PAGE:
While the next few months could be rocky, there are still reasons to be optimistic about the ACA. To understand why, it helps to know a few details about the law.
As a signature policy issue, President Barack Obama’s national health-care program is right up there with Bush’s Iraq.
Unless the exchanges make clear which plans cover elective abortion and which don’t, the ACA’s requirement that insurers segregate abortion funds makes little sense.
President Obama is furiously fending off those “winter of discontent” stories, and it’s not even winter yet.
Republicans took a step back from the tea party. An ebullient progressive was elected mayor of New York. And a Democrat was elected governor of Virginia.
States that created their own healthcare exchanges and expanded Medicaid coverage are providing insurance to tens of thousands of customers.
Our nation escaped the worst. But there were consequences to the decision of a craven House Republican leadership that knew it was picking a fight it could not win.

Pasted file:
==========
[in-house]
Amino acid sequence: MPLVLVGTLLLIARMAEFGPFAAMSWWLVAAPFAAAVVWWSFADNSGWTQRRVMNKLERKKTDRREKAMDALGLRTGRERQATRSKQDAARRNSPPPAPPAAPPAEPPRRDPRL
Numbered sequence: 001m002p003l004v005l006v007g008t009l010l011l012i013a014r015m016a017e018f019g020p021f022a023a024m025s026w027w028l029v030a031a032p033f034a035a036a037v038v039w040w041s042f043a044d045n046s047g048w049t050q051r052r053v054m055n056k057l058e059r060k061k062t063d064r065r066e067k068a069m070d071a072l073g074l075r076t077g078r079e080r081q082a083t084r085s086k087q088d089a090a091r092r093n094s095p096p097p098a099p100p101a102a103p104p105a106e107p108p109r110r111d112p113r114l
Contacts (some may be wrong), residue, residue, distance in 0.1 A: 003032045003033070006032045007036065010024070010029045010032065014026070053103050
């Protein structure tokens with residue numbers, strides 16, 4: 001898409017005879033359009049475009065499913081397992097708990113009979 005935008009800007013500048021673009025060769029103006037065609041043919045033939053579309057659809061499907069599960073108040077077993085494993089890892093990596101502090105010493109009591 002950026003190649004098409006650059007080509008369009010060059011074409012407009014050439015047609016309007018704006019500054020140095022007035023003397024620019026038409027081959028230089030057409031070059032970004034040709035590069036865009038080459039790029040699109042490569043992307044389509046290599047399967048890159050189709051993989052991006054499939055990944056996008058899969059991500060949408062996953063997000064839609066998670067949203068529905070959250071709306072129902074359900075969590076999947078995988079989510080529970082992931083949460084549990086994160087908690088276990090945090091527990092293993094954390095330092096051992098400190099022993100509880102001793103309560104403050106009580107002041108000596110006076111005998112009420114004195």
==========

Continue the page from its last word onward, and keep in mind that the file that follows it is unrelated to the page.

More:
The vast majority of Americans are outraged that some in Congress are endangering the economic security of the nation in pursuit of a narrow ideological agenda.
Obama and Democrats are done with being intimidated by the use of extra-constitutional means to extort concessions the right cannot win through normal legislation.
There's no reason to expect rollout of the ACA to go smoothly, but the overall prognosis is bright and the first exchange insurance prices are lower than expected.
The Republican right still does not accept the legitimacy of Barack Obama's presidency. This is why much of the government shut down.